Seizures and emergency department: characteristics and factors of repeat adult attendees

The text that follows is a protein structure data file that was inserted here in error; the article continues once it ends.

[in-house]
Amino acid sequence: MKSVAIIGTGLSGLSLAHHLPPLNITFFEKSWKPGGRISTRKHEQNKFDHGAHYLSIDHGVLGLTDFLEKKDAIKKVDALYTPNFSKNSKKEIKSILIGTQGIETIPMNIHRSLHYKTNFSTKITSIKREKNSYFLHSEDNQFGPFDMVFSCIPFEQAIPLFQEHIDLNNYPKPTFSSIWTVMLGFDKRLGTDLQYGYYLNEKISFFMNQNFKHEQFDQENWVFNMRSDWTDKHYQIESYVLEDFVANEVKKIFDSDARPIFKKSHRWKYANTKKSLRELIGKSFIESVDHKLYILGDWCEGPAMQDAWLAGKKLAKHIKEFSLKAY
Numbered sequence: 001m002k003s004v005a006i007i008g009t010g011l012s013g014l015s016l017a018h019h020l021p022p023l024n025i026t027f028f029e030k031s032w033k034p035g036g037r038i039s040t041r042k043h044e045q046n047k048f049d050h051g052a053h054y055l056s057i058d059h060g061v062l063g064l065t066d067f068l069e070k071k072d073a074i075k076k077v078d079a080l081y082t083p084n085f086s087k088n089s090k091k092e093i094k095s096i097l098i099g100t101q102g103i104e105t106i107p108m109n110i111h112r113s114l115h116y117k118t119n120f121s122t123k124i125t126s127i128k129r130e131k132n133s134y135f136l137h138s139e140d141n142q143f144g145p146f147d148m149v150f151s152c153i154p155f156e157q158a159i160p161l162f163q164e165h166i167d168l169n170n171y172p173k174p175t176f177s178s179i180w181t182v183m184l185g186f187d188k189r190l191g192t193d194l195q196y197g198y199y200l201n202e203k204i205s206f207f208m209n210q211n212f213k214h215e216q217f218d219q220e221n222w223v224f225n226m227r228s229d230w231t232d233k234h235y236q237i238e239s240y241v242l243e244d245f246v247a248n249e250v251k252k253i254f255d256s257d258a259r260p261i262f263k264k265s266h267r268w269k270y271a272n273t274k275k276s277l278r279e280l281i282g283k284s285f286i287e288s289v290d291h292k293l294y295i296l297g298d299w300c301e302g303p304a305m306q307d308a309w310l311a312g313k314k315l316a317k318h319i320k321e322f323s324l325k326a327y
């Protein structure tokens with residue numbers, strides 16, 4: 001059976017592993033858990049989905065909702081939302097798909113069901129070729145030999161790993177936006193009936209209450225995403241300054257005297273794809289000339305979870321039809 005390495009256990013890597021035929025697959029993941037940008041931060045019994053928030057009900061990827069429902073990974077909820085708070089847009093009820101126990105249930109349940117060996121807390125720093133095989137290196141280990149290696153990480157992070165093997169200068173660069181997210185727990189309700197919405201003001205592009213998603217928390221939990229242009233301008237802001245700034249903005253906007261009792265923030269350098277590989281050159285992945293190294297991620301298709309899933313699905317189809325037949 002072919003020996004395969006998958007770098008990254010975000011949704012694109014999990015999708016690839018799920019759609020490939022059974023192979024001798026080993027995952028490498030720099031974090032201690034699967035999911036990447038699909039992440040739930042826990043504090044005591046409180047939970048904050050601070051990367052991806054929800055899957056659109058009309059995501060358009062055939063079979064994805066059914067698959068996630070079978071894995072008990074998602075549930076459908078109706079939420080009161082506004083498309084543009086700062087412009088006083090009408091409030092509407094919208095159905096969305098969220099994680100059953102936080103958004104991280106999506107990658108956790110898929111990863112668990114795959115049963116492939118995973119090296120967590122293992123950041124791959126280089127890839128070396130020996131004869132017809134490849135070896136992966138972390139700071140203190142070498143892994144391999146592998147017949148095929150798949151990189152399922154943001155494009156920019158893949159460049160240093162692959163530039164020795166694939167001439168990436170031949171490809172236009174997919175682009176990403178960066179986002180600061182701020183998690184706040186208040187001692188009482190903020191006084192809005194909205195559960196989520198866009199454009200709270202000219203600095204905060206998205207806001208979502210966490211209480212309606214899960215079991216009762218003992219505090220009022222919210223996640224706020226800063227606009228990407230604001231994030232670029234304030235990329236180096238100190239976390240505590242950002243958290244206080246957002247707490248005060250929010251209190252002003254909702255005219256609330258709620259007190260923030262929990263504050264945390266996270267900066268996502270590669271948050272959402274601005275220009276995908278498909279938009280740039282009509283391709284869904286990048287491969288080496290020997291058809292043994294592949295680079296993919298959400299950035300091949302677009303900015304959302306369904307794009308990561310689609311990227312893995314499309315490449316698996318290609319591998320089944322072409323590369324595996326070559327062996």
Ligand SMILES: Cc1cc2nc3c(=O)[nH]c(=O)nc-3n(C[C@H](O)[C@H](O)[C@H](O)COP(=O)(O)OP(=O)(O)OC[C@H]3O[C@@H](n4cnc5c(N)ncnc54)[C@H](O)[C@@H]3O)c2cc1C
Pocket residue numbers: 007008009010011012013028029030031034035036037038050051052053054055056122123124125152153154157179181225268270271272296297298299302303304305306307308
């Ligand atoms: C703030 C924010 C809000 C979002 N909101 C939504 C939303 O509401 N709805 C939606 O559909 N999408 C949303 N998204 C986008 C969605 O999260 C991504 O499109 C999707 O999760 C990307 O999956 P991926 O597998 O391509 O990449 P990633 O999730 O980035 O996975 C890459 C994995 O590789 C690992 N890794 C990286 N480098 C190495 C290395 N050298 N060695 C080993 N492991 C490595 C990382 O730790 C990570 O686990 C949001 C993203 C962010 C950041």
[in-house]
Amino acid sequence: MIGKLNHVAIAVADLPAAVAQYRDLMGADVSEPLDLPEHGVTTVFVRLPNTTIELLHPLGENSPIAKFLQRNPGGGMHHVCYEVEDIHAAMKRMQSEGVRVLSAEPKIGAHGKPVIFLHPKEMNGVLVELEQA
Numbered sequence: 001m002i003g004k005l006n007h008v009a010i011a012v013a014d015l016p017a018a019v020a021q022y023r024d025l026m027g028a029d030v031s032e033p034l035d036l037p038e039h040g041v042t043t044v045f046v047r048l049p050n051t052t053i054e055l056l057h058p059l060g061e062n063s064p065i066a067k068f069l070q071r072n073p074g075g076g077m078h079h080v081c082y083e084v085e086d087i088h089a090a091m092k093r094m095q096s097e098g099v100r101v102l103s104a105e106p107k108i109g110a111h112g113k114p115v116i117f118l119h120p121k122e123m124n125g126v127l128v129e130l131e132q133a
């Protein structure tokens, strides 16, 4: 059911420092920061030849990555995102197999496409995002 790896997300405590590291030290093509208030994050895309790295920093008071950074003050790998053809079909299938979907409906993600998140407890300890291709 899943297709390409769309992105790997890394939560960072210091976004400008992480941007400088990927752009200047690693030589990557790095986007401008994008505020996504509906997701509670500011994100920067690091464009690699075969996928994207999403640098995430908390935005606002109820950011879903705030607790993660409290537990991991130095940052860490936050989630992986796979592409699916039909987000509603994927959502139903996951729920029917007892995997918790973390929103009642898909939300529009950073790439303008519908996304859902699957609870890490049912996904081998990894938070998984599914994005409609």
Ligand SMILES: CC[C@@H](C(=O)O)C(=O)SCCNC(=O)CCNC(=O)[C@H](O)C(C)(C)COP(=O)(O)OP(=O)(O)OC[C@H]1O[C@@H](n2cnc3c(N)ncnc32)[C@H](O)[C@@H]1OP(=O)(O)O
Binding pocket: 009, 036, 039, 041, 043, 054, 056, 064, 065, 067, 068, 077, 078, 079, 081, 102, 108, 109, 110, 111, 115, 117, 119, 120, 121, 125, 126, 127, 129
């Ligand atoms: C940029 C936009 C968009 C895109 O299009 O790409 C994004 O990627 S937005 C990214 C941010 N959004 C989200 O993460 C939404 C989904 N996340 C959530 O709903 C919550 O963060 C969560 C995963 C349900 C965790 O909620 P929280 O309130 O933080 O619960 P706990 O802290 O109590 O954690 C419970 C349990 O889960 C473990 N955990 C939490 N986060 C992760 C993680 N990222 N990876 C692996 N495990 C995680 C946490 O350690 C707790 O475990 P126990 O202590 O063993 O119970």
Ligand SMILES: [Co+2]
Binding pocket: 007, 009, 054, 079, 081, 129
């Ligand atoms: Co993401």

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BACKGROUND: To identify risk factors and characteristics for the repeated attendance at an emergency department (ED) following a seizure. METHODS: A retrospective cohort study was conducted using non-identifiable data of individuals attending ED at least twice between 2015 and 2018, following a seizure. Data were drawn from the patient administration system of an English rural medium-sized teaching district general hospital emergency department (ED), serving a population of 566,000 people. It was analysed for bio-psycho-social features associated with repeat attendances. RESULTS: Of 3522 seizure-related attendances in the four years, 450 people were identified to be repeaters attending on two or more occasions (range 2-12). Just over a quarter (27%) were 18-29 years old. Higher likelihood of re-attendance was associated with social deprivation and no fixed abode. Mental illness was a significant co-morbidity influencing repeat attendances. Nearly half (47%) had no recorded anti-seizure medication (ASM). Three fifth (60%) were on general medication and a quarter (25%) on psychotropics. Nearly a quarter (22%) had alcohol and recreational drug concerns. Just over a quarter (28%) had no previous epilepsy diagnosis. Nearly a fifth (n = 85, 19%) died during the study period. CONCLUSION: People who present repeatedly with seizures at ED are at significant risk of death over a four-year period and require pro-active clinical follow-up. People who are homeless or from socially deprived areas are over-represented in this group, as are those with alcohol problems, co-morbid mental health conditions and compliance issues. This suggests enhanced targeted intervention for this cohort is needed.
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